Minnesota Department of Agriculture promotes trade on first trip to Africa – Agweek
The Minnesota Department of Agriculture organized its first trade mission to Ghana this month.
From July 5 to 9, Patrice Bailey, Deputy Commissioner for Agriculture, participated in a trade mission and a business conference in Ghana. The visit was organized by Minnesota Africans United with support from MDA, the American Chamber of Commerce in Ghana and the US Embassy.
“This is MDA’s first time in Africa,” Bailey said. “And it’s monumental in the fact that we have about 5,000 Ghanaians living in Minnesota.”
Delegates included business leaders from various sectors such as agribusiness, health and renewable energy, who Bailey said were in the country to explore possible partnerships to boost trade and investment. between Minnesota and Ghana.
Bailey said the visit helped boost relations between Minnesota, Ghana and Cameroon. While in Ghana, he was able to meet the new US Ambassador to Ghana, Virginia Palmer, at the US Embassy.
He also met with members of the US Commercial Service and the US Department of Commerce who provided insight into trade issues in the country.
Companies such as 3M and Land O’Lakes have previously invested in Ghana for different products, but Bailey said the country is focused on strengthening its energy sector through trade.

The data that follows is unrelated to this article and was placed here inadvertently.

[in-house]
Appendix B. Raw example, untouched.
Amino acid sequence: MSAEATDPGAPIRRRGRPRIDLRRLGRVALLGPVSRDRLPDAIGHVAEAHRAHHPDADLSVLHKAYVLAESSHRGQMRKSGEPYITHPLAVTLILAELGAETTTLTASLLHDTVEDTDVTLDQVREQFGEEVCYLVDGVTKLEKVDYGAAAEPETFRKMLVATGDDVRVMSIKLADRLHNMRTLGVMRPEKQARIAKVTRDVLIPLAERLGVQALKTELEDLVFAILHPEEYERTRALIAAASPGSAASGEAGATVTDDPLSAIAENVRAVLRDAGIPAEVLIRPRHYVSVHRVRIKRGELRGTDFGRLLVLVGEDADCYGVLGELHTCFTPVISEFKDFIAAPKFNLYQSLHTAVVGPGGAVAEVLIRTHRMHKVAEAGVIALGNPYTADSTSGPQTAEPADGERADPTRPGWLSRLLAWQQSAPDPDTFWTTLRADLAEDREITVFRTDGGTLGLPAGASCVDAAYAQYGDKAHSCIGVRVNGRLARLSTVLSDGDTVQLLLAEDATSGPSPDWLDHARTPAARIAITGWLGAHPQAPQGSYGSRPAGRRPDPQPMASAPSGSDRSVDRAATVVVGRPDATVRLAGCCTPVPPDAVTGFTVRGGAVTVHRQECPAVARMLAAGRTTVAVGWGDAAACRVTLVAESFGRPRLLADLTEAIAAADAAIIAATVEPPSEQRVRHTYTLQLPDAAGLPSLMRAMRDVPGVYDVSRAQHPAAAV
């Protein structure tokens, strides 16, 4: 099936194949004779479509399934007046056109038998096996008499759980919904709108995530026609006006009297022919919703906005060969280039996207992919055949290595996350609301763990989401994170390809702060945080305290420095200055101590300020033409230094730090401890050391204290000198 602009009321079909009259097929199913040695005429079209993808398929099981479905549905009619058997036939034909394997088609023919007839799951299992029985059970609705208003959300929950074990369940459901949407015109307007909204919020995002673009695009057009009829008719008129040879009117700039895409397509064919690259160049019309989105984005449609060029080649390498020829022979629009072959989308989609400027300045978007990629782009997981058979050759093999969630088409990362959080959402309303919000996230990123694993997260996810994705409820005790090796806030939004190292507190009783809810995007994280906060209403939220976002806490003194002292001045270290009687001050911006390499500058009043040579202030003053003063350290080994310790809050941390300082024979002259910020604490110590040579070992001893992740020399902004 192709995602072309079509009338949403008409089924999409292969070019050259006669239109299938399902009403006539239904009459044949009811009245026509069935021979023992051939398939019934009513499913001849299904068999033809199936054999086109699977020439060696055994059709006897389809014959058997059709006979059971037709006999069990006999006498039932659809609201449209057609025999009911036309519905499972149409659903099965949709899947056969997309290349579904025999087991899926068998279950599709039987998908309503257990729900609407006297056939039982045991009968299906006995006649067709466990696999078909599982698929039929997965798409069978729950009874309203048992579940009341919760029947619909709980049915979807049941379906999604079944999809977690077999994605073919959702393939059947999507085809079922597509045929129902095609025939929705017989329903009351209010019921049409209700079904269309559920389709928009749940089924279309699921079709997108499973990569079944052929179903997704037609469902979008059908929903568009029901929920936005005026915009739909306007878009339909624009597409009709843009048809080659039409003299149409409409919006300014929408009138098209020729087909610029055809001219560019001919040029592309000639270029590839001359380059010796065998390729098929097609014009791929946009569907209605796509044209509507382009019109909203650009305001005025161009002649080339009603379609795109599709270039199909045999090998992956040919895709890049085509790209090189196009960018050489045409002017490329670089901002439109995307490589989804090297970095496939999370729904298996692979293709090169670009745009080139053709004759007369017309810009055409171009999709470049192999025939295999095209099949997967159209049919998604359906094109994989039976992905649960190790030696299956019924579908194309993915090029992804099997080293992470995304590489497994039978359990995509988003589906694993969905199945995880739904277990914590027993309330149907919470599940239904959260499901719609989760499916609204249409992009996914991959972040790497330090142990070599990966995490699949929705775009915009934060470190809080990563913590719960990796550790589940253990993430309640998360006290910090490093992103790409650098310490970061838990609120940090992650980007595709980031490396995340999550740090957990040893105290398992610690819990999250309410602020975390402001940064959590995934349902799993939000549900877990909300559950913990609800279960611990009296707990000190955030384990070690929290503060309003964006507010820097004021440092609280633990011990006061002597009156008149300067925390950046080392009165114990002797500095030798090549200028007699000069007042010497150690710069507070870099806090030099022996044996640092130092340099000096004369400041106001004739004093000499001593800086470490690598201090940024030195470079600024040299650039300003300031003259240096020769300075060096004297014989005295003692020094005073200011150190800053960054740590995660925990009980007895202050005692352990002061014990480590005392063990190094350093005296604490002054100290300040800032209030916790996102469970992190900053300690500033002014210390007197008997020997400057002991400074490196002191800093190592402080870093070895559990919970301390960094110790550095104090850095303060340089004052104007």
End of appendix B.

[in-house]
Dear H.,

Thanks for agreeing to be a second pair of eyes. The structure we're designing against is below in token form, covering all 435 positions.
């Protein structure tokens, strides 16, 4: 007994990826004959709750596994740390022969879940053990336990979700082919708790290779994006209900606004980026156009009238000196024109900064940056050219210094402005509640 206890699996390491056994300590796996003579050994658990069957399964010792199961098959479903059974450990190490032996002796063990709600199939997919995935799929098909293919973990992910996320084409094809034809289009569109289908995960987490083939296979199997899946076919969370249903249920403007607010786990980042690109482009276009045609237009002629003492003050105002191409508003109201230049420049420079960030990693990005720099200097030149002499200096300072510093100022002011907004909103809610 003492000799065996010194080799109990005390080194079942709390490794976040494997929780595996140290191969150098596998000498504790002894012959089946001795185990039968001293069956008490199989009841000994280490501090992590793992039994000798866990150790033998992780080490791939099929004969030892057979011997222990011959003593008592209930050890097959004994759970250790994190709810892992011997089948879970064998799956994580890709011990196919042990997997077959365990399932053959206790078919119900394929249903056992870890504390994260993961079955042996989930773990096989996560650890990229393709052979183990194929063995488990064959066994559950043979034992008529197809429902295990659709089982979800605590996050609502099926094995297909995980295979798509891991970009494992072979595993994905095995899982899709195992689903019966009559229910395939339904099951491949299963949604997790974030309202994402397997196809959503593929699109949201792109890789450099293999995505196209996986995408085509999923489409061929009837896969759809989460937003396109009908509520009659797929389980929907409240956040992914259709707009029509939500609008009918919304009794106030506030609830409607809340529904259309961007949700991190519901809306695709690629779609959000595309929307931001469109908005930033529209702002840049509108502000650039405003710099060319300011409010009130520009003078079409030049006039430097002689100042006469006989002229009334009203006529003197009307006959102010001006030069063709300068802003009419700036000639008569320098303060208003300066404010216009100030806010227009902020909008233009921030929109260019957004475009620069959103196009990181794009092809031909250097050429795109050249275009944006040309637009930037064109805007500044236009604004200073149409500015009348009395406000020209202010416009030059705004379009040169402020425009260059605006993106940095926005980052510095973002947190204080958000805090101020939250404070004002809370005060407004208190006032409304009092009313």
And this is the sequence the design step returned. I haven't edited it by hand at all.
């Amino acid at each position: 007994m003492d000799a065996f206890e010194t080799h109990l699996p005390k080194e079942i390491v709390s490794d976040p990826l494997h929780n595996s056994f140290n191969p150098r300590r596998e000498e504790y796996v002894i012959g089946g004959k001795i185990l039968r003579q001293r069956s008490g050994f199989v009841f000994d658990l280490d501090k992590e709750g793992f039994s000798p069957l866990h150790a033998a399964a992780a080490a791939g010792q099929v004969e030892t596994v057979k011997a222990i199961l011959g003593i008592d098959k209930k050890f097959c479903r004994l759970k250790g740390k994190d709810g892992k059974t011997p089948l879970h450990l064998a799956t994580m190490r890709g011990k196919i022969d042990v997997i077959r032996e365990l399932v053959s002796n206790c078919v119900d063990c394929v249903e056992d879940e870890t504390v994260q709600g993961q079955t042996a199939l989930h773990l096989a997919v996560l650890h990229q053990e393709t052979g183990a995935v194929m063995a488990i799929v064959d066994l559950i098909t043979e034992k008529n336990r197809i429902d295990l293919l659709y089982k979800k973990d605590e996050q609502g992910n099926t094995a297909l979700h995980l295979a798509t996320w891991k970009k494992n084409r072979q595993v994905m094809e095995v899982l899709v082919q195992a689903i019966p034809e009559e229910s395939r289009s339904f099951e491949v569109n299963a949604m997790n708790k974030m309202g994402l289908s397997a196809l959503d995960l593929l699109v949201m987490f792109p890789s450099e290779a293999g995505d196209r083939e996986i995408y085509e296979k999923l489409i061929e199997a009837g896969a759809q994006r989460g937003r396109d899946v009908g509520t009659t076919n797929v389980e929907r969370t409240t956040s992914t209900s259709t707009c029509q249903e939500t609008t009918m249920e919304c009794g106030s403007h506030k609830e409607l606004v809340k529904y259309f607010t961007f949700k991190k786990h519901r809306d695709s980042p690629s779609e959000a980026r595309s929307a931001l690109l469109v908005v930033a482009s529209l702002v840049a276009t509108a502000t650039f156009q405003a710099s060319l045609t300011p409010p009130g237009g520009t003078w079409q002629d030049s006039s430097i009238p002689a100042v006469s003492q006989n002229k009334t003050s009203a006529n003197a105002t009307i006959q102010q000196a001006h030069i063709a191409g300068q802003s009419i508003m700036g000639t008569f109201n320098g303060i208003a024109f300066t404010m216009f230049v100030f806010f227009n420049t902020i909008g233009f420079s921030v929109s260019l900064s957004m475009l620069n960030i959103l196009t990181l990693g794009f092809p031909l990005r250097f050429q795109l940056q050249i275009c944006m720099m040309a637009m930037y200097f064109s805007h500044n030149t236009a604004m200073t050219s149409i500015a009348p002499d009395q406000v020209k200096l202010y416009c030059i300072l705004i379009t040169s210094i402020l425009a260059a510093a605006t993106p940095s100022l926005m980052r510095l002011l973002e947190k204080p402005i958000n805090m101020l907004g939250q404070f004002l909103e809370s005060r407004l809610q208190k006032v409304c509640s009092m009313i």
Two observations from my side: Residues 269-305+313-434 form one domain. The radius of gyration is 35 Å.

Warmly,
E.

One of the main agricultural products of the country is cocoa.
“You look at 30 million people (in Ghana), and it’s kind of a unique country because if you looked on a map, it’s zero degrees latitude and zero degrees longitude,” Bailey said. “So you’re kind of right in the middle of the world.”
The central location positions Ghana to handle any type of business, Bailey said. However, the country imports many more goods than it exports.
“That poses a problem for any country, in terms of resources coming in, versus resources going out,” Bailey said.
According to the Food and Agriculture Organization of the United Nations, 57% of the total area of the country is classified as “agricultural” and 60% of all farms in the country are less than 1.2 hectares, which is equivalent about three acres.
The two Ghanaian farmers Bailey met focused on aquaculture. What he found most interesting about farming in Ghana was that much of the access to land was determined by which family had been there the longest.
“Instead of land, it’s basically lineage,” he said. “If I wanted to go to someone’s land to do agricultural work, the first thing they would ask me is what your last name is.”
At the business conference, Bailey shared information about Minnesota agriculture as well as the department’s Emerging Farmers program.
“I think it was very well received,” Bailey said. “Not only being able to tell Minnesota’s story, but Minnesota agriculture and what Minnesota has to offer.”